Monday, June 8, 2015

Burning Kingdoms

by Lauren DeStefano

Summary From GoodReads

Danger descends in the second book of The Internment Chronicles, from the New York Times bestselling author of The Chemical Garden trilogy.

After escaping Internment, Morgan and her fellow fugitives land on the ground to finally learn about the world beneath their floating island home.

The ground is a strange place where water falls from the sky as snow, and people watch moving pictures and visit speakeasies. A place where families can have as many children as they want, their dead are buried in vast gardens of bodies, and Internment is the feature of an amusement park.

It is also a land at war.

Everyone who fled Internment had their own reasons to escape their corrupt haven, but now they’re caught under the watchful eye of another king who wants to dominate his world. They may have made it to the ground, but have they dragged Internment with them?

Thoughts on the Book

I'm a big fan of Lauren, I absolutely loved her Chemical Garden trilogy, and I loved Perfect Ruin.  Not to mention she's an awesome person and we had a book geek-out at a mutual friend's wedding.  Yep, we were sat at the same table at a wedding, it was awesome, her friend did start groaning when we got on the YA subject though, I guess Lauren will go on and on about books given half a chance.  All that being said I was super excited for this book to come out, but life got in the way and I was only able to read it recently, months after it was released.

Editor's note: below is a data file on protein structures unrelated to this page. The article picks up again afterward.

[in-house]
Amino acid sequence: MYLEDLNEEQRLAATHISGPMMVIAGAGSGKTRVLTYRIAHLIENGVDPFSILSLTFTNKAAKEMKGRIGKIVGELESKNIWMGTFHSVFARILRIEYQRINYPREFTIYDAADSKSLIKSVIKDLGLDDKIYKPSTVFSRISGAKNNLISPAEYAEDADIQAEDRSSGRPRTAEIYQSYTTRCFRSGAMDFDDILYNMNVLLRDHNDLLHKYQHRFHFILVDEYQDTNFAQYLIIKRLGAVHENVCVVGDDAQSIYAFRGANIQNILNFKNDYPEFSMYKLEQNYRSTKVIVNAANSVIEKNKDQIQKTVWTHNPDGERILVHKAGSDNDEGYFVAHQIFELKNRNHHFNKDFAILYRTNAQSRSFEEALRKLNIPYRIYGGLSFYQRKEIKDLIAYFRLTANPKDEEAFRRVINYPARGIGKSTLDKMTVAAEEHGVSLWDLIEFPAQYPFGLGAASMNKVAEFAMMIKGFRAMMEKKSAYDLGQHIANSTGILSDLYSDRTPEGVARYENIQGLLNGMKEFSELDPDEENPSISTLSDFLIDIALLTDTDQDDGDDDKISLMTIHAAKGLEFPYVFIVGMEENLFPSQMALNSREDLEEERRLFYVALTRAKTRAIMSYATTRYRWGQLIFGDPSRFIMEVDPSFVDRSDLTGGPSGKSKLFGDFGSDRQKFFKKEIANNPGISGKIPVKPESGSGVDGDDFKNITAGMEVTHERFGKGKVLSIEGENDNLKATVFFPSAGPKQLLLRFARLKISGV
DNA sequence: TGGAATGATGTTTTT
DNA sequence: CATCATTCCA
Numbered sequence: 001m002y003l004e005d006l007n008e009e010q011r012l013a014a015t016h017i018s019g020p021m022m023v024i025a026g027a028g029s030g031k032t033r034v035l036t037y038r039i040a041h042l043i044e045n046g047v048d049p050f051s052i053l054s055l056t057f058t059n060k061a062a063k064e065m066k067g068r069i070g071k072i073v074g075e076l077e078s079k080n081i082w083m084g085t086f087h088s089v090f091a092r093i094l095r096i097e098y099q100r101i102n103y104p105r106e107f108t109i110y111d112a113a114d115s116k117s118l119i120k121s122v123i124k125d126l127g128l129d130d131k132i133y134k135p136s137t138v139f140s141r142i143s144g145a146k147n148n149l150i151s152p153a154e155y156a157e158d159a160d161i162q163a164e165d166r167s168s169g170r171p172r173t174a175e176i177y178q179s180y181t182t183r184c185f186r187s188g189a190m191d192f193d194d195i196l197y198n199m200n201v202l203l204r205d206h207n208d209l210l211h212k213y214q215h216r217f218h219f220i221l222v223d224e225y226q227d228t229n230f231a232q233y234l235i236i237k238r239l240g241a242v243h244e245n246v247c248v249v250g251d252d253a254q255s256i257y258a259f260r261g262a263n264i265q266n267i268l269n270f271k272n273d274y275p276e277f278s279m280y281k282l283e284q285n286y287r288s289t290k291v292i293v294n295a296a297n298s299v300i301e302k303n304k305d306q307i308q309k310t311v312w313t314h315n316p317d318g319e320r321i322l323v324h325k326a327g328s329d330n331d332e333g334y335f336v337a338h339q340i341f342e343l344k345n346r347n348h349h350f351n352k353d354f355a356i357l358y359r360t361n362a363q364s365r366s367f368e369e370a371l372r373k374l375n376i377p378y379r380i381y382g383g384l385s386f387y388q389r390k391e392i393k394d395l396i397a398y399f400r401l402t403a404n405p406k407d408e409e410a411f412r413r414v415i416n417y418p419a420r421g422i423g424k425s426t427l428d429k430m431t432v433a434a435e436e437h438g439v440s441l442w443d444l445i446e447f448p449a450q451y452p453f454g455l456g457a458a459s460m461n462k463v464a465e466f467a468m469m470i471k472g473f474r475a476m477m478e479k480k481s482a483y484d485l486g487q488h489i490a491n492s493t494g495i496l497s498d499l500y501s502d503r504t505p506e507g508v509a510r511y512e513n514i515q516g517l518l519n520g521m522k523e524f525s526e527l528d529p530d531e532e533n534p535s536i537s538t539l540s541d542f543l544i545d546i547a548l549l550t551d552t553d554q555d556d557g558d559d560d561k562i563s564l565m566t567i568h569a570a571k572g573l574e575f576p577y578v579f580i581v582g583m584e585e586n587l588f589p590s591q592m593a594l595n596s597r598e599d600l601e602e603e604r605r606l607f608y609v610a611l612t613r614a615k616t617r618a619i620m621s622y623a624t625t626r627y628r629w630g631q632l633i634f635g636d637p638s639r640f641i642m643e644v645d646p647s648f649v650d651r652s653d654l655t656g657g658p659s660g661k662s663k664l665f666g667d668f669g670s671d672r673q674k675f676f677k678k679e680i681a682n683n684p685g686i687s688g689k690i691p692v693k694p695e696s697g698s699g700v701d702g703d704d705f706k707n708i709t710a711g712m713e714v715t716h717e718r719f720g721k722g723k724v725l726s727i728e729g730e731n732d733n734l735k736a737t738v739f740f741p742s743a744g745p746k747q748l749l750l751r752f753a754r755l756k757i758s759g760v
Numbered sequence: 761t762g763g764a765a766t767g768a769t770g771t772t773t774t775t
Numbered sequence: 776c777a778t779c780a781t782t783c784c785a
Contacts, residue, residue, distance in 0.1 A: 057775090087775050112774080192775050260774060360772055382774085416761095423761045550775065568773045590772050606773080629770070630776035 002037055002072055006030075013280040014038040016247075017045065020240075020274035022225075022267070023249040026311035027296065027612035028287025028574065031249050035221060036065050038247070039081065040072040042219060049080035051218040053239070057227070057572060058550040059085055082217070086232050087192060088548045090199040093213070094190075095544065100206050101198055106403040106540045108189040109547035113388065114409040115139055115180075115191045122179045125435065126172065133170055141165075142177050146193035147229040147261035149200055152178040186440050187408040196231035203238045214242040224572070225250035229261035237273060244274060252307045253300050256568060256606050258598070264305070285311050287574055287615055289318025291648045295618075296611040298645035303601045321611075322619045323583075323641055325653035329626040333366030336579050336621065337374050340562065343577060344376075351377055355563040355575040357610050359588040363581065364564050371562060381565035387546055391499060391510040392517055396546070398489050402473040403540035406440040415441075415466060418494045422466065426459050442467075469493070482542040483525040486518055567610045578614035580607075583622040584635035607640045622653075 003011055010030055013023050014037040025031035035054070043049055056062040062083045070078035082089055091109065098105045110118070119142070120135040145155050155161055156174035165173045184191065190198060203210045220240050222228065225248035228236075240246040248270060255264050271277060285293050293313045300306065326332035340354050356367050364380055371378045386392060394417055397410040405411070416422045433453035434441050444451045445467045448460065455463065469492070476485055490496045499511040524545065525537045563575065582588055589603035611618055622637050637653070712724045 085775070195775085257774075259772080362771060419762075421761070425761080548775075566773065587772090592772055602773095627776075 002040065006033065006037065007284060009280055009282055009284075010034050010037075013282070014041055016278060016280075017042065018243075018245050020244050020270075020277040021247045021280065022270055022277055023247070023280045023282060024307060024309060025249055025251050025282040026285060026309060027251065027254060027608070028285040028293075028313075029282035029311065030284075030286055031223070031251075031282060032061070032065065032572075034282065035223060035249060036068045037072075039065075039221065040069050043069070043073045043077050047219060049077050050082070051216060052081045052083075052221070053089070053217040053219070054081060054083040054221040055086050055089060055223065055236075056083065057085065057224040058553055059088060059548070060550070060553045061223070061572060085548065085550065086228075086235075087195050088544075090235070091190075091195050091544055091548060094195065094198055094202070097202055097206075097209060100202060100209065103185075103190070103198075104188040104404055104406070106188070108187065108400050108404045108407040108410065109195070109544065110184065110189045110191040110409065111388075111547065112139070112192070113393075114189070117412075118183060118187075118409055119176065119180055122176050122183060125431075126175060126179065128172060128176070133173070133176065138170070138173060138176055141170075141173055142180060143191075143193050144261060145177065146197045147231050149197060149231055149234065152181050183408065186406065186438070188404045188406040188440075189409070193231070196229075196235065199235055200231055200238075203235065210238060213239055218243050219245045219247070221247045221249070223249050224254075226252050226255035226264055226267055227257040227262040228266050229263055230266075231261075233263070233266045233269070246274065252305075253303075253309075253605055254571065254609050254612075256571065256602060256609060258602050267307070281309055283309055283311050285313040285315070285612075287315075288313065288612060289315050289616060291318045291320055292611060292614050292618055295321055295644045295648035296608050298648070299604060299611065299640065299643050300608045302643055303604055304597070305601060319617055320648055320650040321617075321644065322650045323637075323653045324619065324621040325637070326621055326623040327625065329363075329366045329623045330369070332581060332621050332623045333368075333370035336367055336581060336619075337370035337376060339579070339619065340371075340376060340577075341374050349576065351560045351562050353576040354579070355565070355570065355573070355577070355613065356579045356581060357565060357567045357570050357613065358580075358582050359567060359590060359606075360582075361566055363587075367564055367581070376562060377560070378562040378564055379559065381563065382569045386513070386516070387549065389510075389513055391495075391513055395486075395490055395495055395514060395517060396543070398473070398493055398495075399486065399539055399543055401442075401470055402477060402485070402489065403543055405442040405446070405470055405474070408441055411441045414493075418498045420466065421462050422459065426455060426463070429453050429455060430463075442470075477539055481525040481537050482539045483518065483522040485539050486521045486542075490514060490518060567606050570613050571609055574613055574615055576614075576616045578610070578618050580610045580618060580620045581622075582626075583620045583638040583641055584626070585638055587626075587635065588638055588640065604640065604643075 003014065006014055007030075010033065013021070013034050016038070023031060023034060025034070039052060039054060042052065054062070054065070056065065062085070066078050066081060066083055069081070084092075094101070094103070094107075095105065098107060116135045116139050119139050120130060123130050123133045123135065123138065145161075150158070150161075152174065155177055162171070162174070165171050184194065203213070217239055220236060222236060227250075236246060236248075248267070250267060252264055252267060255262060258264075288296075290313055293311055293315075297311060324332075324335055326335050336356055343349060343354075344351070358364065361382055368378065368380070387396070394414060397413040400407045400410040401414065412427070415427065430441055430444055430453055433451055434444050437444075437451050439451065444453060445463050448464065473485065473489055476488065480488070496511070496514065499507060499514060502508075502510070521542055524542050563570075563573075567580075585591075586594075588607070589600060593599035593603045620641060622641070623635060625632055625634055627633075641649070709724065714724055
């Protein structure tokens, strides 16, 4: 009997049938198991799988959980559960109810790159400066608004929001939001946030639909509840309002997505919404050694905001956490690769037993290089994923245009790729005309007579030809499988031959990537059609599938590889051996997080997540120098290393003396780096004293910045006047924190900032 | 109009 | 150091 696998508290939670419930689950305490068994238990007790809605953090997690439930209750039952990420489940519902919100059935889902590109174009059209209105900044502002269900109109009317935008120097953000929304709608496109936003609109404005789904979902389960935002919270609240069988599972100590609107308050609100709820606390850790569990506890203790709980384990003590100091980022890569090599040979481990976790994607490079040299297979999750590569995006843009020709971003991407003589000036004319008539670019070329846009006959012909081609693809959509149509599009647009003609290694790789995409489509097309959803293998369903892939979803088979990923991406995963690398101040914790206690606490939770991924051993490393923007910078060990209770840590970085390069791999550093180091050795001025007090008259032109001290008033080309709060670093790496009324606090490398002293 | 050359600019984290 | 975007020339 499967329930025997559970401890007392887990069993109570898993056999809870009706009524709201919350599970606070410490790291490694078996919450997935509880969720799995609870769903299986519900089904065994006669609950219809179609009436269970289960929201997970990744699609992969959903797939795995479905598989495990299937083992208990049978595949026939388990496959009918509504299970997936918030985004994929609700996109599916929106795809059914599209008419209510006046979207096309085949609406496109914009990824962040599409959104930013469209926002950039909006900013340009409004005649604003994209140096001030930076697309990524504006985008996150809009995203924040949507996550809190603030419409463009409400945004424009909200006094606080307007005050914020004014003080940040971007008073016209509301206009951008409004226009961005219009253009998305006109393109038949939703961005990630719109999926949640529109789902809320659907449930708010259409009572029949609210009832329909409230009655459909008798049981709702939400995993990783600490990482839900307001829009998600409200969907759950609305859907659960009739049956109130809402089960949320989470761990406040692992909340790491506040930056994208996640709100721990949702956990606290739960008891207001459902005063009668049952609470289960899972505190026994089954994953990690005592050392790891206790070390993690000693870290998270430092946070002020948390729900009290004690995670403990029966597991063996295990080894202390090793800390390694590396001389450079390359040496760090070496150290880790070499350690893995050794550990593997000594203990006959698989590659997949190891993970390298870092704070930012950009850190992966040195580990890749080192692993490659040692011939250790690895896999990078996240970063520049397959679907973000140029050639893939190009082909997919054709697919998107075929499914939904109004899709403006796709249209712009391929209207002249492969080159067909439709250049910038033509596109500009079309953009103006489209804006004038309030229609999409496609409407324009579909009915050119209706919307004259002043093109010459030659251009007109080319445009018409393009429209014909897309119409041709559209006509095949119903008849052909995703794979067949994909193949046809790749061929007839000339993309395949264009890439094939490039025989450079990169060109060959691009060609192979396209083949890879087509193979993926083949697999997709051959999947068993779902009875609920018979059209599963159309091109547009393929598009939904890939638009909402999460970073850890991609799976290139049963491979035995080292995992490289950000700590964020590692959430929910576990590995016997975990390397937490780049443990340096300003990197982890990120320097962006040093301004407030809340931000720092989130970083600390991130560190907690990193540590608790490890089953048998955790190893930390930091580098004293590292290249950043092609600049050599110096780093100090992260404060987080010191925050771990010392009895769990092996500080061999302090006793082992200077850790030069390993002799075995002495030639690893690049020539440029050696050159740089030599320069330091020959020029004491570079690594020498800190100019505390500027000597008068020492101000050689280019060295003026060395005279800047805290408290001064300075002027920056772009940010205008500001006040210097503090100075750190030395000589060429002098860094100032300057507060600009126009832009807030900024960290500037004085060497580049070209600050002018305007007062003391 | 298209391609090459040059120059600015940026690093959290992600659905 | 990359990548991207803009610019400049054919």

Another note on the book, what the hell happened to the covers?  Perfect Ruin was awesome, the wheels and the stars, the trinkets and the flames from the burning were all so beautiful and symbolic and fit with the story.  The stupid porcelain figurines that are being shattered?  So dumb.  I get it, there's like two sentences in Burning Kingdoms where Morgan realizes that everything is shattered and there are pieces missing which were what the cover artist was drawing on, but it's just dumb and ruins the feel of the story.  That old adage - don't judge a book on it's cover - I usually disagree, I've picked many a book based solely on it's cover, but it is 100% true with this series.  Don't judge it based on the cover, it is SO much better than the cover.  Honestly, throw the dust jacket away, you'll like the books even better!

My Review

Burning Kingdoms starts immediately when Perfect Ruin ends, the group had just gotten out of the bird into a blizzard with people surrounding them.  Most of the book is about Morgan and Pen adjusting to the ground world as well as Morgan's relationship with Celeste.  Towards the end the plot began to move forward again.  It was a pretty typical book two, lots of exposition to get the reader to understand the characters and world more so the conclusion will have more of an impact.